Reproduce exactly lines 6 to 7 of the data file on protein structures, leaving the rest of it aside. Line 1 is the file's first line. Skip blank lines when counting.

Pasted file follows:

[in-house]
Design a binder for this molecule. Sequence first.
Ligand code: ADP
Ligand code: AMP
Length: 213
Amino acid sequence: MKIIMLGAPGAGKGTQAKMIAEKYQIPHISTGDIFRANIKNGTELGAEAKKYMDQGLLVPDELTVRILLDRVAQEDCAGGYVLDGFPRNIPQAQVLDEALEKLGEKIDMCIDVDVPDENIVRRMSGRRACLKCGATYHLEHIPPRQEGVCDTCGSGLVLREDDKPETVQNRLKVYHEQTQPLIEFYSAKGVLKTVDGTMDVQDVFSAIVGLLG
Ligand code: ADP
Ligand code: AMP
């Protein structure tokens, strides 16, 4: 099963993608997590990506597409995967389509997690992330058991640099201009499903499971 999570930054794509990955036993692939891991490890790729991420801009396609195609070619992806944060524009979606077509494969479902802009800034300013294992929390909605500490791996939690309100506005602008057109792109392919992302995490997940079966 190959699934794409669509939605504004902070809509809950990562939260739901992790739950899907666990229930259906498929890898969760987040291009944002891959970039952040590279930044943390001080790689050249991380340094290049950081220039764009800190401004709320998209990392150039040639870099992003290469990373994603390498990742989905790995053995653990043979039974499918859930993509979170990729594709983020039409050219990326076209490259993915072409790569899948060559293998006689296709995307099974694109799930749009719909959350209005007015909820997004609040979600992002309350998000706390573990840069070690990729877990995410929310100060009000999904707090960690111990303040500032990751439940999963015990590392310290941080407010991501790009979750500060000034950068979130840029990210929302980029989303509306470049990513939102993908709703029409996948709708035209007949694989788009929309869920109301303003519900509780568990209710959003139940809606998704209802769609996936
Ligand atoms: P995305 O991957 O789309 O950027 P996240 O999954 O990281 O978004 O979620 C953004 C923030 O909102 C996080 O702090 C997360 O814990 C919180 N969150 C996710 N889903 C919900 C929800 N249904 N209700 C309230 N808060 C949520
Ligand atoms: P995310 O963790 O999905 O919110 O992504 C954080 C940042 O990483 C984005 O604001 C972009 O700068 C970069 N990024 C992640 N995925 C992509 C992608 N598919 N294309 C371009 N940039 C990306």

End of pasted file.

Amino acid sequence: MKIIMLGAPGAGKGTQAKMIAEKYQIPHISTGDIFRANIKNGTELGAEAKKYMDQGLLVPDELTVRILLDRVAQEDCAGGYVLDGFPRNIPQAQVLDEALEKLGEKIDMCIDVDVPDENIVRRMSGRRACLKCGATYHLEHIPPRQEGVCDTCGSGLVLREDDKPETVQNRLKVYHEQTQPLIEFYSAKGVLKTVDGTMDVQDVFSAIVGLLG
Ligand code: ADP